In response to George Will’s column “Why are we still in Afghanistan?,” it is worth noting some factual inaccuracies. There are considerably more than 4,000 counterinsurgents in Helmand Province. Will may find the British contribution “risible” — a rather offensive statement considering the number of soldiers Britain has lost in Afghanistan and the size of its military contributions to both Iraq and Afghanistan; others might make various more specific criticisms of the British performance from a technical perspective; but there are still 9,000 British military personnel in Afghanistan — most of them in Helmand, and most of them fighting hard. This misstatement is part of a larger problem summed up in the following two sentences:
Counterinsurgency theory concerning the time and the ratio of forces required to protect the population indicates that, nationwide, Afghanistan would need hundreds of thousands of coalition troops, perhaps for a decade or more. That is inconceivable.
If we are quoting counterinsurgency theory, then we might do well to be specific about it. COIN theory calls for one counterinsurgent for every 50 people in a conflict area (although this is hardly a hard-and-fast law, it turns out to be a reasonably good rule of thumb). There are perhaps 16 million people in the Pashtun belt — the area in which almost all insurgent activity occurs in Afghanistan. The one-to-50 ratio would call for about 320,000 counterinsurgents in that area. But that group would include indigenous forces. Granting Will’s anecdotal observations that the Afghan police are at best ineffective (which is far too sweeping a statement), the Afghan National Army is at least as good as many of the organizations that have functioned as counterinsurgents in Iraq. The ANA numbers about 90,000 right now, and it can be expanded to 134,000 next year, and perhaps to 240,000 within a couple of years after that. There are around 100,000 U.S. and international forces in Afghanistan now. So: How inconceivable is it? And for how long?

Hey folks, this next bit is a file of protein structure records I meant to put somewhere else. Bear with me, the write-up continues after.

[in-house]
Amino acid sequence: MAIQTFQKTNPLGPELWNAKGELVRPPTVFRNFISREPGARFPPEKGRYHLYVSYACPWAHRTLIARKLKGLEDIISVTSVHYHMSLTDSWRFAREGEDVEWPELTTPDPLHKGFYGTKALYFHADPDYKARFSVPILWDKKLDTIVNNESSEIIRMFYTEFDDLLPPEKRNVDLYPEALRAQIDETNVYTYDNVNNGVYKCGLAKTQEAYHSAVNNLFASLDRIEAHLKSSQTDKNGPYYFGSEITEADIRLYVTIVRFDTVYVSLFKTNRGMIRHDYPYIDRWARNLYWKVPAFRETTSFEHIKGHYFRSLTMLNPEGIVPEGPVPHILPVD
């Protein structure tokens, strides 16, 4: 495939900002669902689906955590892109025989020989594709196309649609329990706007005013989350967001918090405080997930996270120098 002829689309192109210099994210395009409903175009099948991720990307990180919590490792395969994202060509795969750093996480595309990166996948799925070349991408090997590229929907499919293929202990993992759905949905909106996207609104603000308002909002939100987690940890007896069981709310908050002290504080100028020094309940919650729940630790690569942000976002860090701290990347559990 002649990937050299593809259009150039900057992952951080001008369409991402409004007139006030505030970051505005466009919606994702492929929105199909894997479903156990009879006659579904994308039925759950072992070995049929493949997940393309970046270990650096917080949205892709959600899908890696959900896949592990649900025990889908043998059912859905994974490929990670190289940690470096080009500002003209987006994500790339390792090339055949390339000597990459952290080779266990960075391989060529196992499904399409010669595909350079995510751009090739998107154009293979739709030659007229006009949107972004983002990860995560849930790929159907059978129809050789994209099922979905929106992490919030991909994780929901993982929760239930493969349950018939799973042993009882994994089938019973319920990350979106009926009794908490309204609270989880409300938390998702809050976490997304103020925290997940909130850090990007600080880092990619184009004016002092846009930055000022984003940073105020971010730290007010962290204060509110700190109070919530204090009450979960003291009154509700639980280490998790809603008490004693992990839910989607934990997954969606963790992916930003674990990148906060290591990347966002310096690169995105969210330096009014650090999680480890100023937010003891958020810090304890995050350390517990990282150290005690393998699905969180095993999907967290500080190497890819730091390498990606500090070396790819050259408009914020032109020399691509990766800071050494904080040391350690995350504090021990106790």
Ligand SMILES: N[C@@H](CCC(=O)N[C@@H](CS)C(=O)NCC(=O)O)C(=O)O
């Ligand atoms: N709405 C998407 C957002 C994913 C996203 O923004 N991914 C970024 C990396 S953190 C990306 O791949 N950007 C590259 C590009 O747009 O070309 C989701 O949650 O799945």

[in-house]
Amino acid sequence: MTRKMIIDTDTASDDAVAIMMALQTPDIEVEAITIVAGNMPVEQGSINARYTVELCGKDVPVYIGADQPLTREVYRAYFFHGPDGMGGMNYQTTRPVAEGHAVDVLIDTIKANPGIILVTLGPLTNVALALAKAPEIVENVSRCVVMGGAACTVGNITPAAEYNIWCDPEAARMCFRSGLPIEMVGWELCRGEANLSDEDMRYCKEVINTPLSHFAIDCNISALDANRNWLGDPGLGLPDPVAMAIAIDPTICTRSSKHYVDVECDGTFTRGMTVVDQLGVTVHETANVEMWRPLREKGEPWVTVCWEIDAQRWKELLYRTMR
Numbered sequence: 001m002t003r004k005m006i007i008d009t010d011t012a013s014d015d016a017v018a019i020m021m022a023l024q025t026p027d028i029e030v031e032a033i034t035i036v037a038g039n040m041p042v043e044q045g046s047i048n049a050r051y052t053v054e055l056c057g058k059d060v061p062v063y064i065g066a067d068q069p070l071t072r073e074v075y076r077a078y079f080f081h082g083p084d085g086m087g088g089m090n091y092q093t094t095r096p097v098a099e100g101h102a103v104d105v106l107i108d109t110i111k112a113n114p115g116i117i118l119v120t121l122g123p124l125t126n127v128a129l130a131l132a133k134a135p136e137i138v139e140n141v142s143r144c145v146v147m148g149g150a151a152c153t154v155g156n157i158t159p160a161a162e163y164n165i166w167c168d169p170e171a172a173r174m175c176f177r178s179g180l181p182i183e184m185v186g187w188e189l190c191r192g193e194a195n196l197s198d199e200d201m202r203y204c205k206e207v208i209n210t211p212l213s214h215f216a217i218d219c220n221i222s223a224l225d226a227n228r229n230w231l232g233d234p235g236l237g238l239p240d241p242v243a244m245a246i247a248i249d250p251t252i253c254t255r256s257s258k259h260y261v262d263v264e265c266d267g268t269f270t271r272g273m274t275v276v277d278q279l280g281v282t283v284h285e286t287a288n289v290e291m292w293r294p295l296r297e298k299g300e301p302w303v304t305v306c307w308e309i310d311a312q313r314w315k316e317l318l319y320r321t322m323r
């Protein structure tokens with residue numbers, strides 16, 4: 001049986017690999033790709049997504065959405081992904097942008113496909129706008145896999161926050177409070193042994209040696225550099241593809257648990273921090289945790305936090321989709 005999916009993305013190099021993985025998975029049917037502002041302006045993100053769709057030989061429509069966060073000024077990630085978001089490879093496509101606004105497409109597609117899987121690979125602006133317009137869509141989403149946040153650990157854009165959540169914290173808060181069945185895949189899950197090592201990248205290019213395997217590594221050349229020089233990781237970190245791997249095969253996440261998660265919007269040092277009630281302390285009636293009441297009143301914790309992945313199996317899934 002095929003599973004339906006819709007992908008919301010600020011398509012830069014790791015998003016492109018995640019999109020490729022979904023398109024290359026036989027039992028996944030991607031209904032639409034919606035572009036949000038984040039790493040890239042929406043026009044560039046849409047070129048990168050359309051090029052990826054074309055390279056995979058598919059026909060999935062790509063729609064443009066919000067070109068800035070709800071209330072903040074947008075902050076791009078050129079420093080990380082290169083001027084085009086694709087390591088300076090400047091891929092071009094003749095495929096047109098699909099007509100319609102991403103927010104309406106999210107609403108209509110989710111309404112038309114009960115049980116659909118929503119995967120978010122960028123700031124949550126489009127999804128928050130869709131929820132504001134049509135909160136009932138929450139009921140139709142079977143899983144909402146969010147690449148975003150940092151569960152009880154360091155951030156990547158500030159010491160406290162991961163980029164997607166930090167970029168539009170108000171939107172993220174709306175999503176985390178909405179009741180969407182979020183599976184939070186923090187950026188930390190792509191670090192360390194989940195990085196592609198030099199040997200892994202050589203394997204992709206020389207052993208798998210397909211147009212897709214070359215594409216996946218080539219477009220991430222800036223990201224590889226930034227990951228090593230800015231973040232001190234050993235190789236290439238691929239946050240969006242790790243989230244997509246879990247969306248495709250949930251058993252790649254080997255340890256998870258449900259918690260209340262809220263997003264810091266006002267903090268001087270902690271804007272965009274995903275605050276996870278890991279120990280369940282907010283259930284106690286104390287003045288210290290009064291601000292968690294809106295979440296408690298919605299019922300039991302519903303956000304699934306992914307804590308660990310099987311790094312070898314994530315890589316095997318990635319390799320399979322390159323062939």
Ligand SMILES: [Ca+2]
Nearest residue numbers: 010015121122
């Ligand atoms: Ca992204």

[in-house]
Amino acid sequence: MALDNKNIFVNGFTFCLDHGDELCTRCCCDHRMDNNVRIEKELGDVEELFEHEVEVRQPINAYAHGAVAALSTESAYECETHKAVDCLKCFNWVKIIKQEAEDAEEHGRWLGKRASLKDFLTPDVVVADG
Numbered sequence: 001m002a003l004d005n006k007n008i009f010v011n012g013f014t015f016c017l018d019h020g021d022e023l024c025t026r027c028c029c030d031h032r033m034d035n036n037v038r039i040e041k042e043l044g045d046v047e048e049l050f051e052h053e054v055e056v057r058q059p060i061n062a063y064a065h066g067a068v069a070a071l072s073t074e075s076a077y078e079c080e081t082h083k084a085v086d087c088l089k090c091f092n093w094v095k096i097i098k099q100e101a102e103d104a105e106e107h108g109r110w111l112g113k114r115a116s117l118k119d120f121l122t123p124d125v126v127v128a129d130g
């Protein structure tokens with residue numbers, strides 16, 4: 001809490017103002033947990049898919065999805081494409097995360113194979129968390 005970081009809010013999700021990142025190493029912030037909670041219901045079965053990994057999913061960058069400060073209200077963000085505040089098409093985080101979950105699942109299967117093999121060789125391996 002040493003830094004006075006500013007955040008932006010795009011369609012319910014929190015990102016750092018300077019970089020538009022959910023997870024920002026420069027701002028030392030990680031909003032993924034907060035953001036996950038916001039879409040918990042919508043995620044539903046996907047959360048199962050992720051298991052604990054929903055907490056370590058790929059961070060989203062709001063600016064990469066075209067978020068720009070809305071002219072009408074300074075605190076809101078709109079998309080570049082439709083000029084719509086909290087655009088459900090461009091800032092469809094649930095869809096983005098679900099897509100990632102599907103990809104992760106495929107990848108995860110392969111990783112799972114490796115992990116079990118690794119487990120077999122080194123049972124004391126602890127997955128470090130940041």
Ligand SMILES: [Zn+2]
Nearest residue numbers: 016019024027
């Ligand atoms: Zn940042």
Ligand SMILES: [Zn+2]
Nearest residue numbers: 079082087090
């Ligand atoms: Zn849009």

The surge of forces that some (including me) are proposing is intended to bridge the gap between current Afghan capacity and their future capacity, while simultaneously reducing the insurgency’s capabilities. Whatever may happen in Afghanistan, counterinsurgency theory does not call for the deployment of hundreds of thousands of coalition forces for decades. Lastly, neither waving the bloody shirt nor rudely disparaging the efforts of allies who have shed their own blood alongside our troops is appropriate to this discussion. But doing both in the same column is simply reprehensible.